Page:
Regional Stakeholders Seek to Maximize Impacts of Climate Change Initiatives

Apr 12, 2005

Ha Noi - Key stakeholders in the Asia and the Pacific region are meeting in Ha Noi for a four-day UNDP-GEF Climate Change Project Management Workshop.

The workshop, co-organized by the Government of Viet Nam/ Ministry of Natural Resources and Environment (MONRE) and the United Nations Development Programme/ Global Environment Facility (UNDP/GEF), brought together project managers, officials of government executing agencies and UNDP responsible programme officers, from 13 countries in the region. It was intended to enable these key stakeholders to share lessons learned and best practices on implementation and management of projects on climate change.

"The objective of this workshop is to share new and upcoming guidance from the GEF on climate changes focal area and ensure a common understanding of operational responsibilities, linkages to global environmental concerns and national development objectives," said Ms Nandita Mongia, Regional Team Leader, UNDP/GEF office in the Asia and the Pacific. "Sharing experiences and lessons learnt among GEF projects proponents in the participating countries will be a very enriching experience for all present at the workshop, especially for project implementation. Learning to use the logical framework to design and monitor impact indicators will enhance future programme performance".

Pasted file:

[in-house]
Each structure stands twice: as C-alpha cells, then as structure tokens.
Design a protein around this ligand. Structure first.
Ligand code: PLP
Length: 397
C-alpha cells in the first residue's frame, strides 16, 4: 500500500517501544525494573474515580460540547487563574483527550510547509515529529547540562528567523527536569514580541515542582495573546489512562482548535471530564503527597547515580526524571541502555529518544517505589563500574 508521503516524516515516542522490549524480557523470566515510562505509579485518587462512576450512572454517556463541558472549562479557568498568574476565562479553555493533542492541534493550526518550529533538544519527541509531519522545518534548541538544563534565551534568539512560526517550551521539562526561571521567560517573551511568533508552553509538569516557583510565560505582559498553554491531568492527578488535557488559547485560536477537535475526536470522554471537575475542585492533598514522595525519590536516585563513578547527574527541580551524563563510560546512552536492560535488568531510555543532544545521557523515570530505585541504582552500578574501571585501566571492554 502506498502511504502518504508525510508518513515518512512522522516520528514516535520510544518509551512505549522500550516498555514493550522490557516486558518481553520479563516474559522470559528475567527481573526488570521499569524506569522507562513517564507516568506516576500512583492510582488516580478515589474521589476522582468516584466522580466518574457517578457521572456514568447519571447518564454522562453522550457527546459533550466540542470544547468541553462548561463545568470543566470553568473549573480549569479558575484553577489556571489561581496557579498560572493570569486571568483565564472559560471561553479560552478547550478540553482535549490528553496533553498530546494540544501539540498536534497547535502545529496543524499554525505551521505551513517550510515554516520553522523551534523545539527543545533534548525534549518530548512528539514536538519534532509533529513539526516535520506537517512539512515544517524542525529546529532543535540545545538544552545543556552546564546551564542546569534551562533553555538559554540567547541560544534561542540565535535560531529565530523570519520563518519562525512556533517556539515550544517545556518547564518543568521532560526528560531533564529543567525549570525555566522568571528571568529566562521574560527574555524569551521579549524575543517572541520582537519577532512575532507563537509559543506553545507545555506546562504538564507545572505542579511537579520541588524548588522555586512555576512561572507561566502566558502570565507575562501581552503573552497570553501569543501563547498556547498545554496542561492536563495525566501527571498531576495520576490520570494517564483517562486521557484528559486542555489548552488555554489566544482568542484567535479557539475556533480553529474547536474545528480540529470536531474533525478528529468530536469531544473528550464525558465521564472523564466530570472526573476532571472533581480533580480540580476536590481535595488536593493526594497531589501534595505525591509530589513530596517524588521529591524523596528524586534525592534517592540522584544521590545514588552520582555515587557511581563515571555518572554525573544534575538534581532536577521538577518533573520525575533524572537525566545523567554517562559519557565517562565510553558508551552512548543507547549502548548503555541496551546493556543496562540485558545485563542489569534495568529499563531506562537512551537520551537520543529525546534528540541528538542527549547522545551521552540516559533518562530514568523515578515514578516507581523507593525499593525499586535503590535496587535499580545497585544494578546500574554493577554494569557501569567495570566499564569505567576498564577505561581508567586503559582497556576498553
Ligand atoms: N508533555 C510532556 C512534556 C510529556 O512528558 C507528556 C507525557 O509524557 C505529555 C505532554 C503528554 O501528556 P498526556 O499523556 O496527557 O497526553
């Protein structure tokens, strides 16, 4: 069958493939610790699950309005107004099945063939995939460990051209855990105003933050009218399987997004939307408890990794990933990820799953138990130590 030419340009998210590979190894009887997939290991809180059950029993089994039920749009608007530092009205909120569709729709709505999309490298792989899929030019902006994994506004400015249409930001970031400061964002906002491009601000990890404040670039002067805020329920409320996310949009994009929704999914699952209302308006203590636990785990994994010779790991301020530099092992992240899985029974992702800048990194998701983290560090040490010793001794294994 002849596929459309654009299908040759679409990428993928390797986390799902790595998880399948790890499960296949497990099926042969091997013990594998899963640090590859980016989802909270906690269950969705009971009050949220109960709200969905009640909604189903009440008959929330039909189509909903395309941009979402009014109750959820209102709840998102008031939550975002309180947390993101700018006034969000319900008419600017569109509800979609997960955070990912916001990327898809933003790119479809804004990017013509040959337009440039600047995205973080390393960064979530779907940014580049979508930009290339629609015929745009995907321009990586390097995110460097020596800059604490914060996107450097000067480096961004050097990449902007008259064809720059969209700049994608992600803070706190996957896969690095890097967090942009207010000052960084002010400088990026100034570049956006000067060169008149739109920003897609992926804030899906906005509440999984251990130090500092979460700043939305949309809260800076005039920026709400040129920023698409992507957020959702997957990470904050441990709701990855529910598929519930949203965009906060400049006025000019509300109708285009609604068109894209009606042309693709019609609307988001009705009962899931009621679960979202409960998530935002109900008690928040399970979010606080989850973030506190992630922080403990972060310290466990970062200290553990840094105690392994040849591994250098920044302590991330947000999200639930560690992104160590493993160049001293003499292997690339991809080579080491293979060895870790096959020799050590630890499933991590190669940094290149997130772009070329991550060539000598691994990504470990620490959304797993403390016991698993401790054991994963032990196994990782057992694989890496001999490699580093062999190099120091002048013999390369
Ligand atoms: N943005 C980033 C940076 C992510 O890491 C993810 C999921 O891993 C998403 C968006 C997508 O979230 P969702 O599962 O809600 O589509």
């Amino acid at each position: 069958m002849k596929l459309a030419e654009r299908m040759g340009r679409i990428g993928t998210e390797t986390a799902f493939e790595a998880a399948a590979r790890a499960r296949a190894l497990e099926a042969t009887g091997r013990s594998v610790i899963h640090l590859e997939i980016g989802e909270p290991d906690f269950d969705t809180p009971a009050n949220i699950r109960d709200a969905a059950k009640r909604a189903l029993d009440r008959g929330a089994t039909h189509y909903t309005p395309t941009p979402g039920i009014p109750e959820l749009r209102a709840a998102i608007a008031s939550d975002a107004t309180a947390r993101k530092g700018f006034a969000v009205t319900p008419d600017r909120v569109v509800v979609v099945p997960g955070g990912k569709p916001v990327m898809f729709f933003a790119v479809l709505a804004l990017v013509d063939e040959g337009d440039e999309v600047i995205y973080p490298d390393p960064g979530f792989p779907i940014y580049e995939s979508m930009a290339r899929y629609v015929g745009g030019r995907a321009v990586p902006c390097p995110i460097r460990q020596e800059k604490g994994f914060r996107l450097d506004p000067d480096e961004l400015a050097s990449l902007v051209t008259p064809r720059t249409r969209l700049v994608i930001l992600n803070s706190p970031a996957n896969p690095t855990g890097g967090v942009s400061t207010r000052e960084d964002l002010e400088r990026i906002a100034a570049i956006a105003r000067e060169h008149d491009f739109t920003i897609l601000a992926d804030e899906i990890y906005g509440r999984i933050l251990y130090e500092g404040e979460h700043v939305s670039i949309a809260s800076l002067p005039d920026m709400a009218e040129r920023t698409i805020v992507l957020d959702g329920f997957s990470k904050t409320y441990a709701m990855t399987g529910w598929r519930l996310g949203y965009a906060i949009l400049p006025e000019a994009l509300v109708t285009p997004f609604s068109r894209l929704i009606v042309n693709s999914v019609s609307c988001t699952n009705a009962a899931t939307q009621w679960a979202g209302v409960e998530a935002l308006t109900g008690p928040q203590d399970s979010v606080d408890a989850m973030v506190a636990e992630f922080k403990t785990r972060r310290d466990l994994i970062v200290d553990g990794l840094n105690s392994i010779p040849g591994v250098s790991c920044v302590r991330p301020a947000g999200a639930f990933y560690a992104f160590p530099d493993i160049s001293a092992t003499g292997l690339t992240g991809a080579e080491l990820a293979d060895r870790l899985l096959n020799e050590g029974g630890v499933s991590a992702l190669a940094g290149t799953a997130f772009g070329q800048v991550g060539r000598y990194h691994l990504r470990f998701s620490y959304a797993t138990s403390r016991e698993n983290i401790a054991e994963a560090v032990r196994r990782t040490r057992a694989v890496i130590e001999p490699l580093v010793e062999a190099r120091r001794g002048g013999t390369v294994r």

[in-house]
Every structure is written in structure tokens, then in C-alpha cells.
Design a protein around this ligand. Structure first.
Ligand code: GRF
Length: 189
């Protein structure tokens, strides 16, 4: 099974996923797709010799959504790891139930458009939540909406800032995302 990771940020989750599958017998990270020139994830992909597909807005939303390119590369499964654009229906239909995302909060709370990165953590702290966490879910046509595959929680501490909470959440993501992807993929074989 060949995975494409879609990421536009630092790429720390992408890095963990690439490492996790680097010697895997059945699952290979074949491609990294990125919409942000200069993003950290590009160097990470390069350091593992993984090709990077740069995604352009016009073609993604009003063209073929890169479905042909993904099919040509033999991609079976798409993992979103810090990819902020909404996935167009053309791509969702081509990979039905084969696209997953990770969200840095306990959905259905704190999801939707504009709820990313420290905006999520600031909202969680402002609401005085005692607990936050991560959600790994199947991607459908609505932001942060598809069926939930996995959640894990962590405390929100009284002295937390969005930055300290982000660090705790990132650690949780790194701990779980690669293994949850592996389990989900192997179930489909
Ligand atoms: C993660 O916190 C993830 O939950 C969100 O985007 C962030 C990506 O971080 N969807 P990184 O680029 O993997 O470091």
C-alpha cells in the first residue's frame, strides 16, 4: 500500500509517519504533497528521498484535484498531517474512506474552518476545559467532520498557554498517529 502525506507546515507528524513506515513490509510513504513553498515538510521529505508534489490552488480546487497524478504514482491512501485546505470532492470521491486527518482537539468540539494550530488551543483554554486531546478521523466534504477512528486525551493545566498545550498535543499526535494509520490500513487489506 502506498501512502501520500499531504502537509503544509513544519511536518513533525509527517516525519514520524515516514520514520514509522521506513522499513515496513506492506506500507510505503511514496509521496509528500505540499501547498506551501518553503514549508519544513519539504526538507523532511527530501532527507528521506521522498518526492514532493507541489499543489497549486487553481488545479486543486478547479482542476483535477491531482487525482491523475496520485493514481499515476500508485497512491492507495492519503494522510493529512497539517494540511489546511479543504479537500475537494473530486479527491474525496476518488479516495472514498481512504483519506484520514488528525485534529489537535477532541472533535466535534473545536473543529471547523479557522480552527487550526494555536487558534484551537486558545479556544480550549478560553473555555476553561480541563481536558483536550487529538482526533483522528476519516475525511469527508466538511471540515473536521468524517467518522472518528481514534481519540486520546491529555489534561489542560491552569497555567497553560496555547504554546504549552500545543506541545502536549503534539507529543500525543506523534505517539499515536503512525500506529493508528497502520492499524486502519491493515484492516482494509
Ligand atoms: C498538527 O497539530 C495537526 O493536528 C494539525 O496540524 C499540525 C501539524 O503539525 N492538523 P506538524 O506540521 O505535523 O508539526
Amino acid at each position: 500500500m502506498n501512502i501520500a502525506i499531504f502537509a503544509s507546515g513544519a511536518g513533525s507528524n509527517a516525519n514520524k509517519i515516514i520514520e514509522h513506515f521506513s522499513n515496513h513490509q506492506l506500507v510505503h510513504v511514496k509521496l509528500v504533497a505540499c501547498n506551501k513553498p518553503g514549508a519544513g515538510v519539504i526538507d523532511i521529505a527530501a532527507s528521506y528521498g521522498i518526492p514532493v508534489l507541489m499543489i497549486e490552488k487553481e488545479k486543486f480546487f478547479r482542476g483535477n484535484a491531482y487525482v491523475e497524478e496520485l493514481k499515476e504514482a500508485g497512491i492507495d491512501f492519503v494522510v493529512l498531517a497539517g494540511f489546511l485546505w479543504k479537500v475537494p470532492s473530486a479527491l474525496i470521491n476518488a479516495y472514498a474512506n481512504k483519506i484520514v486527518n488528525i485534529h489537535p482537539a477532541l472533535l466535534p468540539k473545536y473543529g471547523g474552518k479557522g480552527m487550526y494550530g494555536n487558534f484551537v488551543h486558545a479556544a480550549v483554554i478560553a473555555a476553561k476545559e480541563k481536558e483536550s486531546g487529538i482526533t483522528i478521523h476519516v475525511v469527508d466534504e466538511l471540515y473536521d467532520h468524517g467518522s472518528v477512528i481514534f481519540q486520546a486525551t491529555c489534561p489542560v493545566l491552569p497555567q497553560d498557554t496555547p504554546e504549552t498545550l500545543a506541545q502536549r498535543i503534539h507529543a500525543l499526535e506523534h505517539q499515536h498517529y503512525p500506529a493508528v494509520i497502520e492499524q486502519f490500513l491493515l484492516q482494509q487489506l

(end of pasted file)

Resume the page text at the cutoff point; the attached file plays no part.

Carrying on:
Vice Minister of MONRE, Mr Pham Khoi Nguyen welcomed the workshop as both significant and relevant. He told the participants of Viet Nam's plan to organize a national workshop to provide organizations and individuals with information about the detailed procedures of management and approval of GEF projects as well as guidance in developing project proposals. "This regional workshop directly benefits the upcoming national workshop," the Vice Minister said.

According to Mr Nguyen, GEF climate change projects have played an important role in improving environmental quality, enhancing the effectiveness of economic sectors, encouraging the economization of the energy and natural resources as well as developing project implementation capacity in Viet Nam. “We always consider this to be a significant assistance to Viet Nam’s sustainable development process,” said Mr Nguyen.

Speaking at the opening session, UNDP Acting Resident Representative in Viet Nam, Mr Subinay Nandy noted the negative impacts of global climate changes on the poor. “A decade of economic gain could be washed out by a single event of flood or storm. The poor, particularly women and children are among the most vulnerable to disaster,” Mr Nandy said. “Consequence of climate changes could eventually jeopardize countries’ effort to achieve the Millennium Development Goals.”

Mr Nandy called on countries to integrate climate changes into national development and economic strategies, saying that this can help decrease the poor’s vulnerability and better prepare governments to cope with its impacts.

The Global Environment Facility (GEF) is a financial mechanism that provides grants and concessional funding for developing or transitional countries to carry out activities to protect the global environment. Through its four implementing agencies – the Asia Development Bank, the UN Environment Programme, UNDP and the World Bank – GEF has so far provided US$80 million for Viet Nam to carry out projects on biodiversity, climate changes, land degradation and persistent organic pollutants. Two most recently approved projects assist in energy efficiency and energy conservation with a total funding of US$8.5million.

Contact informationDao Xuan Lai, UNDP Progamme Officer,
Tel: (84-4) 942-1495 x178,
Nguyen Viet Lan, UNDP Public Information Associoate, x186,

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